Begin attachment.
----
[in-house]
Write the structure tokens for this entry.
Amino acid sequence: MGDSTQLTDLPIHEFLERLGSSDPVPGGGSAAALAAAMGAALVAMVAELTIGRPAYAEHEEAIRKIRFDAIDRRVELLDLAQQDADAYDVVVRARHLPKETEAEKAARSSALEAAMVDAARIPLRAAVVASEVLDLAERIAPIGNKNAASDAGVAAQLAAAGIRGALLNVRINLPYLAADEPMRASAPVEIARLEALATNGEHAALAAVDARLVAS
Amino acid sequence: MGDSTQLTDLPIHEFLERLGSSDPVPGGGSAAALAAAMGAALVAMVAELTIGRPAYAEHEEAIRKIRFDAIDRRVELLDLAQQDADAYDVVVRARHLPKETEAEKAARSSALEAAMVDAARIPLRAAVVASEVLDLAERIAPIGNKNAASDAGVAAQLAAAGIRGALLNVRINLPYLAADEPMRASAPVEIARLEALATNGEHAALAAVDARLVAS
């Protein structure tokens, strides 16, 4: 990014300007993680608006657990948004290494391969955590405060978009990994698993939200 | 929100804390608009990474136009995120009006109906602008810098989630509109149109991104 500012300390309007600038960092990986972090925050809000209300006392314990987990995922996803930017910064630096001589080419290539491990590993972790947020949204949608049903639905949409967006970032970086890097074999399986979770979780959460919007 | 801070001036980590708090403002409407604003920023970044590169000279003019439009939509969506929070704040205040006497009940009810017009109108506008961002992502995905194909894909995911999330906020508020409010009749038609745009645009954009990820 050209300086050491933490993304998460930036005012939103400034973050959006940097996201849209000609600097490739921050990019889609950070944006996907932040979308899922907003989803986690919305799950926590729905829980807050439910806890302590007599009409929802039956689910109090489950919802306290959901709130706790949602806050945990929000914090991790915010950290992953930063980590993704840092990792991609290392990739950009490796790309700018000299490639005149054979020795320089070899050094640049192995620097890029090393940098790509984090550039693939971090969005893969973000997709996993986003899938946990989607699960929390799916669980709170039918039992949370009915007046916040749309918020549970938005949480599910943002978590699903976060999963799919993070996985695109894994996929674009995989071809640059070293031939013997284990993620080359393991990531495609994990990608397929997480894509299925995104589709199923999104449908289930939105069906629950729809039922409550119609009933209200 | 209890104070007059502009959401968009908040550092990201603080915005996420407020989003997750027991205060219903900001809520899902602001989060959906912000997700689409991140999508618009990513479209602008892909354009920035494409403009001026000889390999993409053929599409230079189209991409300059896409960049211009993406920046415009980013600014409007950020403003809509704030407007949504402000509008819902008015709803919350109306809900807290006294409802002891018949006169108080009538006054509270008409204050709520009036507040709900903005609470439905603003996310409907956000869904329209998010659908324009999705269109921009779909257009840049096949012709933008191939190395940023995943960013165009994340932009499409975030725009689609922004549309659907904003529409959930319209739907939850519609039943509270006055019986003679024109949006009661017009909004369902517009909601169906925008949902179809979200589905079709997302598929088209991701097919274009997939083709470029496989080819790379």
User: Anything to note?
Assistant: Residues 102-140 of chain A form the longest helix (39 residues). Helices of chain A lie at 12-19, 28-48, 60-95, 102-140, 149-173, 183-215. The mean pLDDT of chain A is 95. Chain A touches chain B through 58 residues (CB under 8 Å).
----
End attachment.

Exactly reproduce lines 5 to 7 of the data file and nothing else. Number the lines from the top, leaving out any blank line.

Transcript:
């Protein structure tokens, strides 16, 4: 990014300007993680608006657990948004290494391969955590405060978009990994698993939200 | 929100804390608009990474136009995120009006109906602008810098989630509109149109991104 500012300390309007600038960092990986972090925050809000209300006392314990987990995922996803930017910064630096001589080419290539491990590993972790947020949204949608049903639905949409967006970032970086890097074999399986979770979780959460919007 | 801070001036980590708090403002409407604003920023970044590169000279003019439009939509969506929070704040205040006497009940009810017009109108506008961002992502995905194909894909995911999330906020508020409010009749038609745009645009954009990820 050209300086050491933490993304998460930036005012939103400034973050959006940097996201849209000609600097490739921050990019889609950070944006996907932040979308899922907003989803986690919305799950926590729905829980807050439910806890302590007599009409929802039956689910109090489950919802306290959901709130706790949602806050945990929000914090991790915010950290992953930063980590993704840092990792991609290392990739950009490796790309700018000299490639005149054979020795320089070899050094640049192995620097890029090393940098790509984090550039693939971090969005893969973000997709996993986003899938946990989607699960929390799916669980709170039918039992949370009915007046916040749309918020549970938005949480599910943002978590699903976060999963799919993070996985695109894994996929674009995989071809640059070293031939013997284990993620080359393991990531495609994990990608397929997480894509299925995104589709199923999104449908289930939105069906629950729809039922409550119609009933209200 | 209890104070007059502009959401968009908040550092990201603080915005996420407020989003997750027991205060219903900001809520899902602001989060959906912000997700689409991140999508618009990513479209602008892909354009920035494409403009001026000889390999993409053929599409230079189209991409300059896409960049211009993406920046415009980013600014409007950020403003809509704030407007949504402000509008819902008015709803919350109306809900807290006294409802002891018949006169108080009538006054509270008409204050709520009036507040709900903005609470439905603003996310409907956000869904329209998010659908324009999705269109921009779909257009840049096949012709933008191939190395940023995943960013165009994340932009499409975030725009689609922004549309659907904003529409959930319209739907939850519609039943509270006055019986003679024109949006009661017009909004369902517009909601169906925008949902179809979200589905079709997302598929088209991701097919274009997939083709470029496989080819790379």
User: Anything to note?
Assistant: Residues 102-140 of chain A form the longest helix (39 residues). Helices of chain A lie at 12-19, 28-48, 60-95, 102-140, 149-173, 183-215. The mean pLDDT of chain A is 95. Chain A touches chain B through 58 residues (CB under 8 Å).